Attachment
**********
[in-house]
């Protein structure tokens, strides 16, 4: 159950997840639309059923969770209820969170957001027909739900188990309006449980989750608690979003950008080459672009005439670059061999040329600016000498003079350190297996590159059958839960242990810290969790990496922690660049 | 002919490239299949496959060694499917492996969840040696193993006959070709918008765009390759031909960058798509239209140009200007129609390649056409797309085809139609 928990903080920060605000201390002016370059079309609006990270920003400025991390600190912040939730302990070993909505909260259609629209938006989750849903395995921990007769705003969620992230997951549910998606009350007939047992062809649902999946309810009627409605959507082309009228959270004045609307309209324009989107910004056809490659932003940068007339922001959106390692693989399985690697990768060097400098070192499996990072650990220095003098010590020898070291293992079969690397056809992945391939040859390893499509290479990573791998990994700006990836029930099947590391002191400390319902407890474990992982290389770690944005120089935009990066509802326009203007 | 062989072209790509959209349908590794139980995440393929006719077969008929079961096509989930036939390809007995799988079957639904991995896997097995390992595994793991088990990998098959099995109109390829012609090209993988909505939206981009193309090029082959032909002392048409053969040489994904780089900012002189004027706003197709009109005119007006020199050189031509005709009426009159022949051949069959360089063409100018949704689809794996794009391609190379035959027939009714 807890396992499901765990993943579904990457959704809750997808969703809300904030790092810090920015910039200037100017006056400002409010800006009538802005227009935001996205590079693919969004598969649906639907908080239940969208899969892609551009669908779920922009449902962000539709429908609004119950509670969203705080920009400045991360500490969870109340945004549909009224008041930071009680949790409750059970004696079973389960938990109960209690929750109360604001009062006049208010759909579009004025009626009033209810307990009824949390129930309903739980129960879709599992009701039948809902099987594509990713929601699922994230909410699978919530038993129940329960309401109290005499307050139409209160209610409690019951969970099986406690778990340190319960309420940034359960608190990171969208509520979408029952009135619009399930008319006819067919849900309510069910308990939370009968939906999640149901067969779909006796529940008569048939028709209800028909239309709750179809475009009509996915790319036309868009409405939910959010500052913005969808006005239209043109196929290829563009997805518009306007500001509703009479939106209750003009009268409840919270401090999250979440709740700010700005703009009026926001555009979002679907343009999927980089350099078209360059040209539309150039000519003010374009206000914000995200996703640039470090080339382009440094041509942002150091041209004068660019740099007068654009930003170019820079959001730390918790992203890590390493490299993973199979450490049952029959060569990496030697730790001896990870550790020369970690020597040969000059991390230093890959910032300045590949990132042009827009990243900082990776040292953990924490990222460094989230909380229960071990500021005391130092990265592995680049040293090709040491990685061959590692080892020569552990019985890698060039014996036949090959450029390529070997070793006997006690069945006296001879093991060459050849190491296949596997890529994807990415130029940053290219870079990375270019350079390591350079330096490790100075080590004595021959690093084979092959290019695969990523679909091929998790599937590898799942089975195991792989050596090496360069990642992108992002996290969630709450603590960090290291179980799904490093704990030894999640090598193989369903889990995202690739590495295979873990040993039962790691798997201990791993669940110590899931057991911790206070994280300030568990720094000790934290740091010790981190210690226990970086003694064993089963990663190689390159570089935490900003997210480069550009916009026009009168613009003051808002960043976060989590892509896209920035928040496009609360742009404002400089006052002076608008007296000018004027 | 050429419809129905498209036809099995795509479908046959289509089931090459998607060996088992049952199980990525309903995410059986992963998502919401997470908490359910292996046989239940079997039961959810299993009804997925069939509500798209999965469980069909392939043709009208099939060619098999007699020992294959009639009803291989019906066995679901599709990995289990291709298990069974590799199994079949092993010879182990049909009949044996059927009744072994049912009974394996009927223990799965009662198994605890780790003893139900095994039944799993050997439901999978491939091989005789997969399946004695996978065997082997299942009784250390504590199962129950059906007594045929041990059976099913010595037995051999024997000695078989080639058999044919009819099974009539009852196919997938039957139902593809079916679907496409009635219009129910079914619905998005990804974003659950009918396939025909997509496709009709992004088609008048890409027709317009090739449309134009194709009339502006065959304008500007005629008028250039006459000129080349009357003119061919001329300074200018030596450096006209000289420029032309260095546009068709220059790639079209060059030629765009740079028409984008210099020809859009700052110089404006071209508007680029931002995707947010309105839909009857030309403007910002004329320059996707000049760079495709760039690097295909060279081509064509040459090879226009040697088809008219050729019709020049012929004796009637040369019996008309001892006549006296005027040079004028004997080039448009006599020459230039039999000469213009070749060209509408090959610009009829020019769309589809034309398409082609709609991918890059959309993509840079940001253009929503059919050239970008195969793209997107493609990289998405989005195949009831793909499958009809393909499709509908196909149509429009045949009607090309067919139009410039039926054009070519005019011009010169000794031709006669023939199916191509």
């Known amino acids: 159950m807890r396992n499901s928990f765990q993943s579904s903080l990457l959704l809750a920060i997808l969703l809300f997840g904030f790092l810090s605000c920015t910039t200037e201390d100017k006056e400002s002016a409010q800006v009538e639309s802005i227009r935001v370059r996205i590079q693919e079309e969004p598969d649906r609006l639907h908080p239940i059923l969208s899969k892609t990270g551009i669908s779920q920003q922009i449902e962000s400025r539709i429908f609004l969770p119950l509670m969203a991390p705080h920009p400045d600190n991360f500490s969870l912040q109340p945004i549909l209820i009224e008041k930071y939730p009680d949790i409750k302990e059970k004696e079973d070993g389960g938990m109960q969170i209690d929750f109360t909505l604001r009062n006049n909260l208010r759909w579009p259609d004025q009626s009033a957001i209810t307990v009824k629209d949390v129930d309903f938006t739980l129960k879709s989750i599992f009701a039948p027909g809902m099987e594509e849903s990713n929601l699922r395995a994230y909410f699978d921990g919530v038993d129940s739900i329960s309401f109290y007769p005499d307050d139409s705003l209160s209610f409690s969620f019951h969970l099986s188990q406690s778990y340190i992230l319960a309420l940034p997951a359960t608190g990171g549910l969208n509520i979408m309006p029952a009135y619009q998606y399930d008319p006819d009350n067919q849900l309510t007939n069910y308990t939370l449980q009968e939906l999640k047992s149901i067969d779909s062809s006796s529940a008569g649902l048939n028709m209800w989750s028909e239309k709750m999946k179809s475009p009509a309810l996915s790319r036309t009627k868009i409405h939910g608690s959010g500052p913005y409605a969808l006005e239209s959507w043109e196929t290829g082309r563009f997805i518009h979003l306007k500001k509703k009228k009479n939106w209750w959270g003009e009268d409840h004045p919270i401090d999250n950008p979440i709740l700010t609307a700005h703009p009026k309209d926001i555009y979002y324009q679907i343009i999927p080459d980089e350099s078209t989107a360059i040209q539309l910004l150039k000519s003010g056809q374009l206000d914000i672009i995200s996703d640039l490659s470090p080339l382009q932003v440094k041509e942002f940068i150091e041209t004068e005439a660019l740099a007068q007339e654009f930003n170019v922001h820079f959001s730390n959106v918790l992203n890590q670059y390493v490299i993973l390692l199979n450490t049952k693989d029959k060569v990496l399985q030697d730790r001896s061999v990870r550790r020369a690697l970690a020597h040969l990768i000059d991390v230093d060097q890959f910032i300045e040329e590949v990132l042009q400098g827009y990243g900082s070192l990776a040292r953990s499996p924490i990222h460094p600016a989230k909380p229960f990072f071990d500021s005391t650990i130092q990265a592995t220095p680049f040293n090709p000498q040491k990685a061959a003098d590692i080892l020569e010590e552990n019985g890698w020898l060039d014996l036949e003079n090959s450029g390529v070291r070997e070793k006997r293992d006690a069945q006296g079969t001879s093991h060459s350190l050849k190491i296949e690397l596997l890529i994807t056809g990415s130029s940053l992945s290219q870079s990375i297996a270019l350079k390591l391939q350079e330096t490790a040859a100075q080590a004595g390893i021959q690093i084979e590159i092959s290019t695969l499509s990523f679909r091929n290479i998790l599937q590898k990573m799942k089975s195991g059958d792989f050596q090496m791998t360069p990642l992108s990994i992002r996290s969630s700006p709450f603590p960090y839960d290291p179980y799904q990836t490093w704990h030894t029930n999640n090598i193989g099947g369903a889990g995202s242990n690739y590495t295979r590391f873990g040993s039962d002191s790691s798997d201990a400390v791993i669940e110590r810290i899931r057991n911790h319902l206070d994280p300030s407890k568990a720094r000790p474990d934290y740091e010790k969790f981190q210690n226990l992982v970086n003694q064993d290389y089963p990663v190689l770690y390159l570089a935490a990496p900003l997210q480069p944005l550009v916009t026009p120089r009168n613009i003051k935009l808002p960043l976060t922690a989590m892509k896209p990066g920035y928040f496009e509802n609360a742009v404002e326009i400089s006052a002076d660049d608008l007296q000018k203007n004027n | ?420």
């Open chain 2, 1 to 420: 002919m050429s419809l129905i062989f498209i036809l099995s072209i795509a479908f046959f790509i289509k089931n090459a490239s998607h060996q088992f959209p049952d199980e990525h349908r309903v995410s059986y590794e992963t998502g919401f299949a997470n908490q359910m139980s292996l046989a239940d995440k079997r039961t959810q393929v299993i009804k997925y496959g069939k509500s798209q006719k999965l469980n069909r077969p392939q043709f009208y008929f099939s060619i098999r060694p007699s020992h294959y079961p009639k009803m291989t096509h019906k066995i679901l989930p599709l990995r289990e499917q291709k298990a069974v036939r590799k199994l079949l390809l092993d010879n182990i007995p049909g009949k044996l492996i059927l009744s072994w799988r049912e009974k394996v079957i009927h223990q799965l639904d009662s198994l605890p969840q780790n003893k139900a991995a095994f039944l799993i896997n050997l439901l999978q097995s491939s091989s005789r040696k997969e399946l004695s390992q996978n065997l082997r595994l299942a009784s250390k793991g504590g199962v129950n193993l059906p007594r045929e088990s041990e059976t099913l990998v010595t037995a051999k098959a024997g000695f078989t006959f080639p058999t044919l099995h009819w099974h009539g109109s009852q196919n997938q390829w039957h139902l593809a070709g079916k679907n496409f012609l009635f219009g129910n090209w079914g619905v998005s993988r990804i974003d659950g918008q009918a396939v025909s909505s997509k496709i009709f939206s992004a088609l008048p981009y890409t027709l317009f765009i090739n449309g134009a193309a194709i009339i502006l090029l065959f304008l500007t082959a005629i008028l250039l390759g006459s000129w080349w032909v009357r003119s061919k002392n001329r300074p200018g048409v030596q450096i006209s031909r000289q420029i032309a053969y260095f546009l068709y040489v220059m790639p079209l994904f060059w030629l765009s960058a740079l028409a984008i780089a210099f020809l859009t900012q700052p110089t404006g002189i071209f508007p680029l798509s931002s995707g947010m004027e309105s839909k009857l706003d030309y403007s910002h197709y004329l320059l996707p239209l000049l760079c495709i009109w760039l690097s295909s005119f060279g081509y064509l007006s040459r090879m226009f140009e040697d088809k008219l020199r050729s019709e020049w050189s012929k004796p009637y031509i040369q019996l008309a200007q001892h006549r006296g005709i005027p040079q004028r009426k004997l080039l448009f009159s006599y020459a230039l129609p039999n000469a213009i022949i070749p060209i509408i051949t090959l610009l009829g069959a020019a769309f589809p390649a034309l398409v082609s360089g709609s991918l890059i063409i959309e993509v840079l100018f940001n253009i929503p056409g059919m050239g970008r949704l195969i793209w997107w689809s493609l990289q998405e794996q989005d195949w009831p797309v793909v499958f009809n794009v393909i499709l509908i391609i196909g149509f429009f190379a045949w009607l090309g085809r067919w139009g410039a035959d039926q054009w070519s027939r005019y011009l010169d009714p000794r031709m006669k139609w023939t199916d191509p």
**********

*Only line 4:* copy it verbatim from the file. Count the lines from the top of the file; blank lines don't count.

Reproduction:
């Open chain 2, 1 to 420: 002919m050429s419809l129905i062989f498209i036809l099995s072209i795509a479908f046959f790509i289509k089931n090459a490239s998607h060996q088992f959209p049952d199980e990525h349908r309903v995410s059986y590794e992963t998502g919401f299949a997470n908490q359910m139980s292996l046989a239940d995440k079997r039961t959810q393929v299993i009804k997925y496959g069939k509500s798209q006719k999965l469980n069909r077969p392939q043709f009208y008929f099939s060619i098999r060694p007699s020992h294959y079961p009639k009803m291989t096509h019906k066995i679901l989930p599709l990995r289990e499917q291709k298990a069974v036939r590799k199994l079949l390809l092993d010879n182990i007995p049909g009949k044996l492996i059927l009744s072994w799988r049912e009974k394996v079957i009927h223990q799965l639904d009662s198994l605890p969840q780790n003893k139900a991995a095994f039944l799993i896997n050997l439901l999978q097995s491939s091989s005789r040696k997969e399946l004695s390992q996978n065997l082997r595994l299942a009784s250390k793991g504590g199962v129950n193993l059906p007594r045929e088990s041990e059976t099913l990998v010595t037995a051999k098959a024997g000695f078989t006959f080639p058999t044919l099995h009819w099974h009539g109109s009852q196919n997938q390829w039957h139902l593809a070709g079916k679907n496409f012609l009635f219009g129910n090209w079914g619905v998005s993988r990804i974003d659950g918008q009918a396939v025909s909505s997509k496709i009709f939206s992004a088609l008048p981009y890409t027709l317009f765009i090739n449309g134009a193309a194709i009339i502006l090029l065959f304008l500007t082959a005629i008028l250039l390759g006459s000129w080349w032909v009357r003119s061919k002392n001329r300074p200018g048409v030596q450096i006209s031909r000289q420029i032309a053969y260095f546009l068709y040489v220059m790639p079209l994904f060059w030629l765009s960058a740079l028409a984008i780089a210099f020809l859009t900012q700052p110089t404006g002189i071209f508007p680029l798509s931002s995707g947010m004027e309105s839909k009857l706003d030309y403007s910002h197709y004329l320059l996707p239209l000049l760079c495709i009109w760039l690097s295909s005119f060279g081509y064509l007006s040459r090879m226009f140009e040697d088809k008219l020199r050729s019709e020049w050189s012929k004796p009637y031509i040369q019996l008309a200007q001892h006549r006296g005709i005027p040079q004028r009426k004997l080039l448009f009159s006599y020459a230039l129609p039999n000469a213009i022949i070749p060209i509408i051949t090959l610009l009829g069959a020019a769309f589809p390649a034309l398409v082609s360089g709609s991918l890059i063409i959309e993509v840079l100018f940001n253009i929503p056409g059919m050239g970008r949704l195969i793209w997107w689809s493609l990289q998405e794996q989005d195949w009831p797309v793909v499958f009809n794009v393909i499709l509908i391609i196909g149509f429009f190379a045949w009607l090309g085809r067919w139009g410039a035959d039926q054009w070519s027939r005019y011009l010169d009714p000794r031709m006669k139609w023939t199916d191509p």